The arc of crisis extends, potentially, from the heart of Europe – the former Yugoslavia, down through gangster-ruled Montenegro, into Turkey and Lebanon, sweeping over Syria and trisecting Iraq, and then driving westward into Sudan, Egypt, and further along the North African shore. Long before we launch an invasion of Iran – at the moment not even Michael Ledeen is openly suggesting it – more than a few of these proxy conflicts are far more likely to erupt.

The neocons may not be able to take out Tehran just yet, but Hezbollah will do in a pinch. And if victory in Afghanistan proves increasingly elusive, as appears to be the case, then what about a quick “victory” in Syria, where the brittle regime of Bashar al-Assad is supposedly ready to crumble at the first hint of an American invasion? I hear there’s a Syrian Chalabi waiting in the wings, and it would certainly take peoples’ minds off the bad news from Iraq.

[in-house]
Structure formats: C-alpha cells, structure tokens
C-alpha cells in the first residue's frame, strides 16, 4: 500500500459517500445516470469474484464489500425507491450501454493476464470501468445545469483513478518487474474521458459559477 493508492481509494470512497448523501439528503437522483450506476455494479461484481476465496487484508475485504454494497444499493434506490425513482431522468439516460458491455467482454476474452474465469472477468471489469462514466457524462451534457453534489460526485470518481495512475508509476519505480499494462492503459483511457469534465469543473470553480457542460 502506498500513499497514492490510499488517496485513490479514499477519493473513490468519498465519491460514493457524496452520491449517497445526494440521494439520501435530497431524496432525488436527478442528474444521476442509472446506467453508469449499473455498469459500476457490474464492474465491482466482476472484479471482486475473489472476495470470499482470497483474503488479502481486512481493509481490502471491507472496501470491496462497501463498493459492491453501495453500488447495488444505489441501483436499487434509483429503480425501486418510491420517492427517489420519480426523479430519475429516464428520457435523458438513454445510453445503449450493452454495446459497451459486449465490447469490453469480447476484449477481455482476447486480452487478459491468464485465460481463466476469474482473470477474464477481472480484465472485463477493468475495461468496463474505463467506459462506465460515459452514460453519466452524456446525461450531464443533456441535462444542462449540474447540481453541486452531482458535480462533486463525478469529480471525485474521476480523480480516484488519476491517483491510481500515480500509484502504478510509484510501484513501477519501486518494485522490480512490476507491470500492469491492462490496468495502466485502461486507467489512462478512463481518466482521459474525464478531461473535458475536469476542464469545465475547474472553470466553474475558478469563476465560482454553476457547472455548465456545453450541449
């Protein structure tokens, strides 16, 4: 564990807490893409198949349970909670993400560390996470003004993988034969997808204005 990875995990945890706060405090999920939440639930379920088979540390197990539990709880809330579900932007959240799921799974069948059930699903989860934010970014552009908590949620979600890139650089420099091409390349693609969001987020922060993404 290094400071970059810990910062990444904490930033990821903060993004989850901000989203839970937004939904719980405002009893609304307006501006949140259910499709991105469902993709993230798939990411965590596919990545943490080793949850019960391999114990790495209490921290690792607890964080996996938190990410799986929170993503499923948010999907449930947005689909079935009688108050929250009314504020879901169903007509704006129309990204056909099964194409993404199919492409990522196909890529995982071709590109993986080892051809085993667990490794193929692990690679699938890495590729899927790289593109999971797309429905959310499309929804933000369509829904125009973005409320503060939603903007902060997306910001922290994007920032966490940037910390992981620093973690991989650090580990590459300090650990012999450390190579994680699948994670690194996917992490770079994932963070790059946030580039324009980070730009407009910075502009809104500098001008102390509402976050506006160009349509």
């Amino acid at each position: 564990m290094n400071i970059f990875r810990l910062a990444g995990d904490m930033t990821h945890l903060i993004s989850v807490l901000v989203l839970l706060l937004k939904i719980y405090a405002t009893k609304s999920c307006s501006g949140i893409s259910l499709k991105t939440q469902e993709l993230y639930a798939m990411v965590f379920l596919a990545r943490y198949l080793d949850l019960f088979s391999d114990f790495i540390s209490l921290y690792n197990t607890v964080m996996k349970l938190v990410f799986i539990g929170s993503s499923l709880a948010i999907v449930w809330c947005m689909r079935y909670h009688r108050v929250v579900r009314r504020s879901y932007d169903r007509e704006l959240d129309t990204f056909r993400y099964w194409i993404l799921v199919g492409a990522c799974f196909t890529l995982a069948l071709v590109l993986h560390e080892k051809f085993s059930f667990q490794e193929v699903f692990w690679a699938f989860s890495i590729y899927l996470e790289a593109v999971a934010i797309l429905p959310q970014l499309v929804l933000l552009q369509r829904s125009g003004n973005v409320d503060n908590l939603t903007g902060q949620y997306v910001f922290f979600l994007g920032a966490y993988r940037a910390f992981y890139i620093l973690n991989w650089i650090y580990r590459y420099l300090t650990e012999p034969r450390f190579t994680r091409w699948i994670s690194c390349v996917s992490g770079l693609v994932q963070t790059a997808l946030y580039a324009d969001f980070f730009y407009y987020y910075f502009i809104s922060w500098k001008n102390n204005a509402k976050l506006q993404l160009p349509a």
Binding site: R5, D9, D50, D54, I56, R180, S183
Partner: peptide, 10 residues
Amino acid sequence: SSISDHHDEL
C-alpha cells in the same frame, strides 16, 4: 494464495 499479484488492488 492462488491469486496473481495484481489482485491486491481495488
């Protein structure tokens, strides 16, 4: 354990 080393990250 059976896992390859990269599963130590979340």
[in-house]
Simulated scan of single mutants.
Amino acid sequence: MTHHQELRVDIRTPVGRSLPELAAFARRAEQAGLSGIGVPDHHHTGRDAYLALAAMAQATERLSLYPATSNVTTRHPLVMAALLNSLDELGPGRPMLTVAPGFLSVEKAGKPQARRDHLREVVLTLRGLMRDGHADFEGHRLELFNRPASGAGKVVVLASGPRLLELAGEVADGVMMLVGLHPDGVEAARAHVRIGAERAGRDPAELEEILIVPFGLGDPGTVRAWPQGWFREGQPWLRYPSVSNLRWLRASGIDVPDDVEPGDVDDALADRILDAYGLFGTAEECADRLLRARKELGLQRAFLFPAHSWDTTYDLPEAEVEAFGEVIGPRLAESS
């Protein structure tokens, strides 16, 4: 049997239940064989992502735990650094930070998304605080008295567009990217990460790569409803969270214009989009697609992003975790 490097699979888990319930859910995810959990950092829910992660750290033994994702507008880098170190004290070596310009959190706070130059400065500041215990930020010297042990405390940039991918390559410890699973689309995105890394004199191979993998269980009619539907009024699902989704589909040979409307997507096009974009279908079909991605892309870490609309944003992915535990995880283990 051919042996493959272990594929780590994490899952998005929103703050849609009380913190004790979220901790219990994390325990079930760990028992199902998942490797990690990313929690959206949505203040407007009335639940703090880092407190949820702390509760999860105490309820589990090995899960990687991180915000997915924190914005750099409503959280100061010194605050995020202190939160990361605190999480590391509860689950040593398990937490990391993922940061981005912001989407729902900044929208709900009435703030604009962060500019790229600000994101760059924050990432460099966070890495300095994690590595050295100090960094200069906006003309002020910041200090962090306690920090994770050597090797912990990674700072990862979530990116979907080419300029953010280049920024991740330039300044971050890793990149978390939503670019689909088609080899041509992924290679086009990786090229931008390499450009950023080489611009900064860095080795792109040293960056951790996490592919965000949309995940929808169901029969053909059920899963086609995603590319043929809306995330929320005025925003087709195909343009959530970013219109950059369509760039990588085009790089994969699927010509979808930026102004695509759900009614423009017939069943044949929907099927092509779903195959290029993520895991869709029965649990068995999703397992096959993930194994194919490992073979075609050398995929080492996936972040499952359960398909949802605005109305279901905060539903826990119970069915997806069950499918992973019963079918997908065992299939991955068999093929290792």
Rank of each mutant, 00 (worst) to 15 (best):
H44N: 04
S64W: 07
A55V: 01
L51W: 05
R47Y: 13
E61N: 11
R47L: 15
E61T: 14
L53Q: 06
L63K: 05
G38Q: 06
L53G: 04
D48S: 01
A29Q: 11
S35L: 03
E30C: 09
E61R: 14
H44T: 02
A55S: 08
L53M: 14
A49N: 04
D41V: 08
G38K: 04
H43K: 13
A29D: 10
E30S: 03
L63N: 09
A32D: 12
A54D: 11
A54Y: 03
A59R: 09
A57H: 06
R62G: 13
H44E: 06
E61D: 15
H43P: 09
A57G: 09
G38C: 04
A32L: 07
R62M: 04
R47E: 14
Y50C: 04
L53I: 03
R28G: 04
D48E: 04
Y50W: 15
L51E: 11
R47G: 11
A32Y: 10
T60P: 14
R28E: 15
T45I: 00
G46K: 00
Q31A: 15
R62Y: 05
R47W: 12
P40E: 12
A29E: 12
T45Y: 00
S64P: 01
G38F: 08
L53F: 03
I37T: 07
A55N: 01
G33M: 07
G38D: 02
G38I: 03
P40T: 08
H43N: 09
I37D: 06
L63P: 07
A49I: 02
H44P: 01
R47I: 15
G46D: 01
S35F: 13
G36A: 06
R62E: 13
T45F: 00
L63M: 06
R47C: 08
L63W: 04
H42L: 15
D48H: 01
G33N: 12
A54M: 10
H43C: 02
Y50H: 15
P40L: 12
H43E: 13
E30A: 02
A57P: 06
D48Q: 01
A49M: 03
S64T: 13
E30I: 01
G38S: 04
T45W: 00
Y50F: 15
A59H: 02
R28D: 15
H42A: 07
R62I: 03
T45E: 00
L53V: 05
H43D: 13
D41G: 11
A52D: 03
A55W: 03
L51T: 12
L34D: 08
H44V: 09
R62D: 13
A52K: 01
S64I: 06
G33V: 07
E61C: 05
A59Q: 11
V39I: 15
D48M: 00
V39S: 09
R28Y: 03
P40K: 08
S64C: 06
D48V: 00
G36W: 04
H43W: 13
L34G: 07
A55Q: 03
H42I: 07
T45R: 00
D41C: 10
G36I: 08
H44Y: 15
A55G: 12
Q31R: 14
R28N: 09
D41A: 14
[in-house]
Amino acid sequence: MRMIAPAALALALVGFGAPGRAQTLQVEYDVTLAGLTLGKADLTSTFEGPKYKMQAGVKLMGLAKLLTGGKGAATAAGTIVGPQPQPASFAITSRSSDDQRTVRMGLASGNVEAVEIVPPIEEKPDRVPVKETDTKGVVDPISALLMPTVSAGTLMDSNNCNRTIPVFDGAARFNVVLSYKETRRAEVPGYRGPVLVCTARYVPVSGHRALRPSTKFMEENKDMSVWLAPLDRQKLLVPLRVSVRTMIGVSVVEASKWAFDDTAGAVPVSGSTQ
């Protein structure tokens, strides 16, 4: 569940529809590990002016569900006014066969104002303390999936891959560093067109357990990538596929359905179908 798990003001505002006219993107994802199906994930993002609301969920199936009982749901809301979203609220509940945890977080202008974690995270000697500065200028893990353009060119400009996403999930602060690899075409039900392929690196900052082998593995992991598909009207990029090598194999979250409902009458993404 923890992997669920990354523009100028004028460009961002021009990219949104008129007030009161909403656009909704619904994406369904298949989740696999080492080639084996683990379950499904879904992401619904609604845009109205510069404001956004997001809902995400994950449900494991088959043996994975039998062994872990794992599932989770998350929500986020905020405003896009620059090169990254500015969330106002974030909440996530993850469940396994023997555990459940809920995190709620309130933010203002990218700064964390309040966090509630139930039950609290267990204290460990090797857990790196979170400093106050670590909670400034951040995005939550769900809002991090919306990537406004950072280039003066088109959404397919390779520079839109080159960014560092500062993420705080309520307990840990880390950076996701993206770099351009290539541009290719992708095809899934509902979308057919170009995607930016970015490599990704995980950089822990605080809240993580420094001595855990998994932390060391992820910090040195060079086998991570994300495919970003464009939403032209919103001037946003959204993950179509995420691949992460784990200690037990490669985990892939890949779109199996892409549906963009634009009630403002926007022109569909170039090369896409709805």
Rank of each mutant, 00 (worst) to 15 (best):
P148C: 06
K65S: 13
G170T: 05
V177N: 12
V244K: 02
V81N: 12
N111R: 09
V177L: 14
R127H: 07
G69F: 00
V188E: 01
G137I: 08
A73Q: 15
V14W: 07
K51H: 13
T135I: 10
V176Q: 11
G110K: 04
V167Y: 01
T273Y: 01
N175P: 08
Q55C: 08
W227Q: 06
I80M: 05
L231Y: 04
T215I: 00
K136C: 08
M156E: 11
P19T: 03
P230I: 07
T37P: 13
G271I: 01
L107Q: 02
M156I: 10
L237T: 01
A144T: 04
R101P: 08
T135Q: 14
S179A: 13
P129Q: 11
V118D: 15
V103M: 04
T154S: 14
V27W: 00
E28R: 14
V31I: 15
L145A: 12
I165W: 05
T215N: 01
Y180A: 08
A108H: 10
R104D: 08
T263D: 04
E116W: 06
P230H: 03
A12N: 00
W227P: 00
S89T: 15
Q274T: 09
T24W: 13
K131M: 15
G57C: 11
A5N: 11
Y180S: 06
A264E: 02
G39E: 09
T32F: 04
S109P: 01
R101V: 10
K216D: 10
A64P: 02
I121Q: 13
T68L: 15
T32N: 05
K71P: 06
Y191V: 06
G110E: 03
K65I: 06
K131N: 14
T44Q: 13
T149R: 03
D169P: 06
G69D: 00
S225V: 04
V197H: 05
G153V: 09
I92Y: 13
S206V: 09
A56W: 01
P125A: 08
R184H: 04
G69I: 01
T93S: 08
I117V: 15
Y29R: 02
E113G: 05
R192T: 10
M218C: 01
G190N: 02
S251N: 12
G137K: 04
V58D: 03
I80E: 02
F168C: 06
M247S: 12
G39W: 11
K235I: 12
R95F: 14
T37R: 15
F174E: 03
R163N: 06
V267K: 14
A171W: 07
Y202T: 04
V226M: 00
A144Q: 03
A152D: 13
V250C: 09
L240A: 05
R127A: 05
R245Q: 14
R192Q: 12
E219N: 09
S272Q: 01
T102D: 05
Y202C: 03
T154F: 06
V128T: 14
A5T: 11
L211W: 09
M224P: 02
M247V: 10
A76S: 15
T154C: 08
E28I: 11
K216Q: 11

So, you want to divert attention away from the failure of an unpopular and losing war? Easy. Just start another war. The sheer gall of such a strategy is bound to catch the opposition off guard, and by the time they recover, the shooting will have already started.

In these times, the existence of Antiwar.com, as the online newspaper of record when it comes to documenting the lies of the War Party, is absolutely essential – and that’s why it’s so important for you to give your full support to our spring fundraising drive – a drive, I might add, to stay alive. Unlike our opponents, who live off the largess afforded them by big right-wing “charitable” foundations and corporate sponsors – as well as direct contributions from the U.S. Treasury – Antiwar.com lives entirely on contributions from readers, who can access the site for free and yet voluntarily contribute to keep the site going.

It is absolutely essential that, at this critical time, we make our goal of raising $60,000. It’s not a lot, and it goes to fund an organization without frills and the usual folderol. Trust me, no one at Antiwar.com is overpaid. When it comes to salaries, our slogan is minimalist to the core: Less is more. I can personally attest to that.